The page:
We caught up with the John as he talked about the upcoming tour, latest music and more!
So you’ve got five dates booked for next month, what venues are you most looking forward to playing?
None in particular, a show is a show, I’m looking forward to them all. That said, we’re doing a show in Holland in a venue called Ma Kelly’s which is basically a shrine to Status Quo.Rhino’s Revenge played there a few times before and it’s
always a bit special.
Are you looking forward to meeting some fans who have bought VIP tickets?
Look, I’m impressed to have any fans! If a few of them want to pay for the privilege of meeting me, that’s absolutely fine, it means they love me that little bit more. Remember kids, if your parents don’t buy you VIP tickets for us they don’t love you..
It’s just the way things have gone in the music business, I’m not in favour of it to be honest, but if you want that personal touch, unfortunately sometimes it costs a bit more.
How has the release of Take ’em Down gone so far with fans?
It’s not especially typical of the album, which incidentally is imaginatively entitled Rhino’s Revenge 2, as it’s, guess what, my second album. It’s a bit too heavy, quite a bit too heavy for a lot of Quo fans, so generally amongst them it’s gone down like a lead balloon and I’m not surprised. It’s quite a metal thing, and the lyrical content is somewhat radical compared to the Quo material. But it seems to be getting a fair amount of interest and is starting to pick up airplay, so maybe we’re doing something right at Revenge Towers. It doesn’t sound retro or classic rock, I can assure you of that!
Can you tell us a little bit about the song?
It’s about the battle for a town called Kobane, as seen through the eyes of the Kurdish defenders . If you want to know what it’s all about, there’s a lyric video on my Facebook page, you can also find it at rhinosrevenge.com. It’s serious stuff folks.
How pleased are you to be working with FM’s lead guitarist Jim Kirkpatrick and
Uriah Heep’s drummer Russell Gilbrook in the band?
To say I’m thrilled would be an understatement. I called Russell to see if he knew any drummers as I’m a massive fan of his playing with Uriah Heep. I was sure he’d be busy so I didn’t bother actually asking him, but then he said,“what about me? I’d love to do it, let’s see if we can make it work”. It turned out Heep are off the road for a few months, so that was it, a real no brainer.
Same thing exactly happened with Jim. I called my mate Merv Goldsworthy, the bass player of FM, a band we’ve toured with before, for some guitarist numbers, and Jim said the same as Russell. I’m immensely flattered to have players of their calibre and experience on board, it’s going to be amazing.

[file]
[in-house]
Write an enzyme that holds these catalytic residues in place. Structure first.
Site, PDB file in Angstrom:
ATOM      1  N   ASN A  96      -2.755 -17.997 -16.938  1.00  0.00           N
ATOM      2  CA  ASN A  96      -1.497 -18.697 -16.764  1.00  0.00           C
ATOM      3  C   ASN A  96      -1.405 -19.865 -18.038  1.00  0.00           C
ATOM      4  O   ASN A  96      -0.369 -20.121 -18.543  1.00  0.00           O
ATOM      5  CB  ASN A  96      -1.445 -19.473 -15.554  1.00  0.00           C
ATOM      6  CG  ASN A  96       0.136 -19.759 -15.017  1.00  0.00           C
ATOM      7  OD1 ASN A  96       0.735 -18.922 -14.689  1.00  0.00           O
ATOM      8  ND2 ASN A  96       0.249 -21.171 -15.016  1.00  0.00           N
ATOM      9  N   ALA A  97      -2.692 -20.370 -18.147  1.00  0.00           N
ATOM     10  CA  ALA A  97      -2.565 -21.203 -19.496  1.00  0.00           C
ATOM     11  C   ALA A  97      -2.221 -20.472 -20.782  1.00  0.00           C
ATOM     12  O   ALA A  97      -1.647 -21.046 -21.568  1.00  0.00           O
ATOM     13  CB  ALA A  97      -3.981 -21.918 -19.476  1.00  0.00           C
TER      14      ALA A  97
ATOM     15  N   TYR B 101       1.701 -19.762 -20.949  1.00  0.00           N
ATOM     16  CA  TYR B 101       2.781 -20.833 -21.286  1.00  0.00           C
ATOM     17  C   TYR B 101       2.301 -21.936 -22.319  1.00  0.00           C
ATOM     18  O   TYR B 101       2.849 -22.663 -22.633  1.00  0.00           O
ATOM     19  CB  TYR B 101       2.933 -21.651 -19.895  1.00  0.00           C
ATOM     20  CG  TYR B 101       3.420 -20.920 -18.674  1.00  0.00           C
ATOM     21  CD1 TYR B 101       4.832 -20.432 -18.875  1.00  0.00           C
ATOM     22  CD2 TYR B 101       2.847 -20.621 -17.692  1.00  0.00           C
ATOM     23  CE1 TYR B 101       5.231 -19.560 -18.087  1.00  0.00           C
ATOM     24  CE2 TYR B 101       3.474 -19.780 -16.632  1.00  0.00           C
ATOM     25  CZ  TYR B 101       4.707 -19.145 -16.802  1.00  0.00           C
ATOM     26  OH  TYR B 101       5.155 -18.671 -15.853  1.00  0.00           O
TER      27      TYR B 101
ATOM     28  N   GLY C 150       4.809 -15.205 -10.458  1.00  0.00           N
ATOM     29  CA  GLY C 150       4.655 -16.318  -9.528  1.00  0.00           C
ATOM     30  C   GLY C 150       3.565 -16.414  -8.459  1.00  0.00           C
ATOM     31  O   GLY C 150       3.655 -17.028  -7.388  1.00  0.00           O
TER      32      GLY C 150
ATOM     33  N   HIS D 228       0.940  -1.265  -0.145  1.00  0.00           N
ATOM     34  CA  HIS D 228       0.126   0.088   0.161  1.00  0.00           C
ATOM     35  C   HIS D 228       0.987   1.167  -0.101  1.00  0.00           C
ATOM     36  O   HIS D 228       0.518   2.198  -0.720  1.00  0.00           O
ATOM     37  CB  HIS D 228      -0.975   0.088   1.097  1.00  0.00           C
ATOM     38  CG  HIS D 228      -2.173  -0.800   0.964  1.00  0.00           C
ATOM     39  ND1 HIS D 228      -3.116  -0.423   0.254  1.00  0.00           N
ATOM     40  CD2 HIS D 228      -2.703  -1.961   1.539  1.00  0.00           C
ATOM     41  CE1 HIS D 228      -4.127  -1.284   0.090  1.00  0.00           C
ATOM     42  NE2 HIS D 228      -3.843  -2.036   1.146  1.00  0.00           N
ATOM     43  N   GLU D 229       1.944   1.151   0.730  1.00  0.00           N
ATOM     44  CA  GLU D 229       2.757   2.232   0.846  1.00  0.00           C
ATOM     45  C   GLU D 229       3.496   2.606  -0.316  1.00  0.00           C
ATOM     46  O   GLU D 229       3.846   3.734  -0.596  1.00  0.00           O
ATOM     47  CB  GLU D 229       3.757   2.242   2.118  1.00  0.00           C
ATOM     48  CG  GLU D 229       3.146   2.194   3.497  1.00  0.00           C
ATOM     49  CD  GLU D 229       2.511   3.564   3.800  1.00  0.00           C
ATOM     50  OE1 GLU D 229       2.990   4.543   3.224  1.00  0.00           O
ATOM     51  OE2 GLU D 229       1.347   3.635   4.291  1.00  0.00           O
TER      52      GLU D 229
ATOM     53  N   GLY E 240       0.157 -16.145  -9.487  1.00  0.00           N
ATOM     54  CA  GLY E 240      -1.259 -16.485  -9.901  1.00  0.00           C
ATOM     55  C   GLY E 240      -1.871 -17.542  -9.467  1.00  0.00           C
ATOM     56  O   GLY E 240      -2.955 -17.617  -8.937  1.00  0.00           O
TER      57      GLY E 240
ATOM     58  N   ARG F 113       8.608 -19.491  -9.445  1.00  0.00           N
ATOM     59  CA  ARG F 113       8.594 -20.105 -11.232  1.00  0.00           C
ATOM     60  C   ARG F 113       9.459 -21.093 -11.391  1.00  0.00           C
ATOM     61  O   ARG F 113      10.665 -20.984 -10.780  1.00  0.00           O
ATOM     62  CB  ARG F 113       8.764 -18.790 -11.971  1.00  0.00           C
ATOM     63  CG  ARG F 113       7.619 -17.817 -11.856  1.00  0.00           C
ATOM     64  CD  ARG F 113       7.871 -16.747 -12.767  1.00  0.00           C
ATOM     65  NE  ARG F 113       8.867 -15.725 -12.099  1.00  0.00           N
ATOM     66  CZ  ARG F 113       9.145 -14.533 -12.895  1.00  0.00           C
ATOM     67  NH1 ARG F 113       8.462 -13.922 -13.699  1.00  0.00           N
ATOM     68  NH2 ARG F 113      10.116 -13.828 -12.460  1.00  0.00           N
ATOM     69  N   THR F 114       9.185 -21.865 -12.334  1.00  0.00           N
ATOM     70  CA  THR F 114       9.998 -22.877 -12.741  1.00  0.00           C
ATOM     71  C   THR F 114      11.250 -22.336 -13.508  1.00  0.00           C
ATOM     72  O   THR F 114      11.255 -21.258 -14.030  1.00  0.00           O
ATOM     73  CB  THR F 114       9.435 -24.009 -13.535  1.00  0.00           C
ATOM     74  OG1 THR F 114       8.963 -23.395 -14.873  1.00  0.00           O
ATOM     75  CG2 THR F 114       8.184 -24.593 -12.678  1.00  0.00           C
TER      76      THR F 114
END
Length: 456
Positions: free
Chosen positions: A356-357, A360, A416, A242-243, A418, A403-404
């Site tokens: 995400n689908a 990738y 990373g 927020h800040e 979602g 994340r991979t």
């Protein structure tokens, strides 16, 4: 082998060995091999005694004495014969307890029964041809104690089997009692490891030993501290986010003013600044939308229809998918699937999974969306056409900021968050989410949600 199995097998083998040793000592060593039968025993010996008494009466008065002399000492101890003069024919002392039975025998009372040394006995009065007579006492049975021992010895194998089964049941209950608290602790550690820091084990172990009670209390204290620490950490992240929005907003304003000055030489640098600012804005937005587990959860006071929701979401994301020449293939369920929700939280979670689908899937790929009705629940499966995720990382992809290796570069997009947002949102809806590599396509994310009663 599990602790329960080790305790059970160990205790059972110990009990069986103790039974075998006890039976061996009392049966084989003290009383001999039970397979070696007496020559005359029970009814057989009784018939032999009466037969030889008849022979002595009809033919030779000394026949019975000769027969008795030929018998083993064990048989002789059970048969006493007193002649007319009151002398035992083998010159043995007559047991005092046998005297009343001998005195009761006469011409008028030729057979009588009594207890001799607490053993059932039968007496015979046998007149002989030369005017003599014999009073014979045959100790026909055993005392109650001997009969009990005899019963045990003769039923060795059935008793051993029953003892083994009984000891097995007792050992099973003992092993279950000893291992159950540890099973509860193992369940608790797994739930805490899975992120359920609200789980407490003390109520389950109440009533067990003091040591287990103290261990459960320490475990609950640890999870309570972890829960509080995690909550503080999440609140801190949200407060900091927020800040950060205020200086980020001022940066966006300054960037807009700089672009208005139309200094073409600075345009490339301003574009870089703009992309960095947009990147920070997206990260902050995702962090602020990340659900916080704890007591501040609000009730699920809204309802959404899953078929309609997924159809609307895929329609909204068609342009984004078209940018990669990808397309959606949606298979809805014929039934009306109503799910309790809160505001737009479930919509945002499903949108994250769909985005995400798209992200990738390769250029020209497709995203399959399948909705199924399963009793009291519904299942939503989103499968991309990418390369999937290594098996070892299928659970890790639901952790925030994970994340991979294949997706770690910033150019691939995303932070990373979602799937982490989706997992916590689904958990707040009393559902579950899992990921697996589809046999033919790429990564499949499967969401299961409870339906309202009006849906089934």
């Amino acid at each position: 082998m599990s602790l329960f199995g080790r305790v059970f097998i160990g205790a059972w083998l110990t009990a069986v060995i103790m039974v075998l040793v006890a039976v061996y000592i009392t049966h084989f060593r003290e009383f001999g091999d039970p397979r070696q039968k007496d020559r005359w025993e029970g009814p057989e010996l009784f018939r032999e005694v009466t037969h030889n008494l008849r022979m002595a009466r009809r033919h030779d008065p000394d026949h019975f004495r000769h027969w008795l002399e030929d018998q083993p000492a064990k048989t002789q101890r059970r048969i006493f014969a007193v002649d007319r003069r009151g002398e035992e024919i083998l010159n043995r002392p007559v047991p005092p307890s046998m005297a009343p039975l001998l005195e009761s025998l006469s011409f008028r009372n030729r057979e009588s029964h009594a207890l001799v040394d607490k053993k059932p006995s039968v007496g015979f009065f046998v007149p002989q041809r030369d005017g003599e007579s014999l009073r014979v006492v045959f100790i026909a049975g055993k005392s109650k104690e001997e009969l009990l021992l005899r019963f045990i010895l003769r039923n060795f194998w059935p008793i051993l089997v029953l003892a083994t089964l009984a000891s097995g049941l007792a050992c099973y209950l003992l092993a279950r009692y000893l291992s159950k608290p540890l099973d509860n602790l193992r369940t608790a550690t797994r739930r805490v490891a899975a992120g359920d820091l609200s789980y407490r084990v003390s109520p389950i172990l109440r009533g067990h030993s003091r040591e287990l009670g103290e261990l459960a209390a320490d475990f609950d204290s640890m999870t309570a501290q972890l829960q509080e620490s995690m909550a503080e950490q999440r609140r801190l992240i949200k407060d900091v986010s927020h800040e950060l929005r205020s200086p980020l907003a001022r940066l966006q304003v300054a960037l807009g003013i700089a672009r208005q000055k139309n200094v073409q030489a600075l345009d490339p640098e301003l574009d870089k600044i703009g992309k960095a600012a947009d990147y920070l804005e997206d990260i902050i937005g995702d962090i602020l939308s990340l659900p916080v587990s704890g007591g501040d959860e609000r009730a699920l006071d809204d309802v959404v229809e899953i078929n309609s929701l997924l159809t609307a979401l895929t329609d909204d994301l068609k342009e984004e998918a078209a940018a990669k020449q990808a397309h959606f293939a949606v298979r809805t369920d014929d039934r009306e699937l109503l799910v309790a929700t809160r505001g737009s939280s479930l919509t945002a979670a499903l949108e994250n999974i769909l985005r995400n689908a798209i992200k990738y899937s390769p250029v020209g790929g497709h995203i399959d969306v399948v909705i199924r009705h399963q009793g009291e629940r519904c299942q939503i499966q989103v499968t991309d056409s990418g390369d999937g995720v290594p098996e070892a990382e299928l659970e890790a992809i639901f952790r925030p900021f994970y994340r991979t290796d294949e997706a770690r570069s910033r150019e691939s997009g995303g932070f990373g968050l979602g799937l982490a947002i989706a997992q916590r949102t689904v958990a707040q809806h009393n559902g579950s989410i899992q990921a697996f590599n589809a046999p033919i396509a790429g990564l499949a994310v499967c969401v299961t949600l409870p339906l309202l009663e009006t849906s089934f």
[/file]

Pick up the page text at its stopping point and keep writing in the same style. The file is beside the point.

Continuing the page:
How different is it to be playing with this band rather than Status Quo?
Well, I’m the act for a start, so I pretty much decide what we’re going to play. For instance, I’ll play a few Quo songs, some of which are pretty obscure, but I’ll also cover Paper Plane, because it’s my favourite song by the band. I’ll also feature quite of few of the songs from Rhino Revenge 1 and 2, a couple of which haven’t been performed since 2001, you’ve been warned.
And of course the smaller venues, I love playing to people standing 2 feet way. You have to be confident,there’s no big rock show, and if they think you’re shit they just go and stand at the back or leave, it’s pretty obvious if they don’t like you. Or maybe they left their dinner on, that’s what I like to think anyway. Not that people walk out all the time!!
What has been your proudest moment to date as a musician?
Having a career doing the one thing I excel at, and adored more than anything until I had children. The down side was missing large parts of their growing up
Can you remember the first gig you ever attended?
The most influential gig I ever attended, which was one of the first, was Free at Richmond athletic ground on November 7th, 1969. I walked in there a lead guitarist and walked out a bass player. Andy Fraser completely blew my mind, he’s still my favourite ever bassist.
I think my first gig was at the Albert Hall in London to see the Beatles.That was the plan, but my dad couldn’t handle the screaming so we left early. Bummer huh?
What has been the funniest moment you have had on tour?
Nothing really translates to print, but I will say that the late great Rick Parfitt, the funniest man I ever met, made me weep with laughter on so many occasions. Writing this and thinking about him makes me smile, which is nice. I miss him.
Do you find it different playing at Festivals to live venues?
Festivals are good because you get to see a lot of other bands, onstage and backstage. Some of them are great, some of them are twats, but it’s a great way to spend a day, and I don’t have to camp!
Touring is a different ball game, there’s much more discipline involved, but I am a total road dog, I love the travelling. Basically it’s all good, I’ve achieved nearly everything I wanted in my life, I am one of the happiest and most satisfied people I know.
That’s yer lot.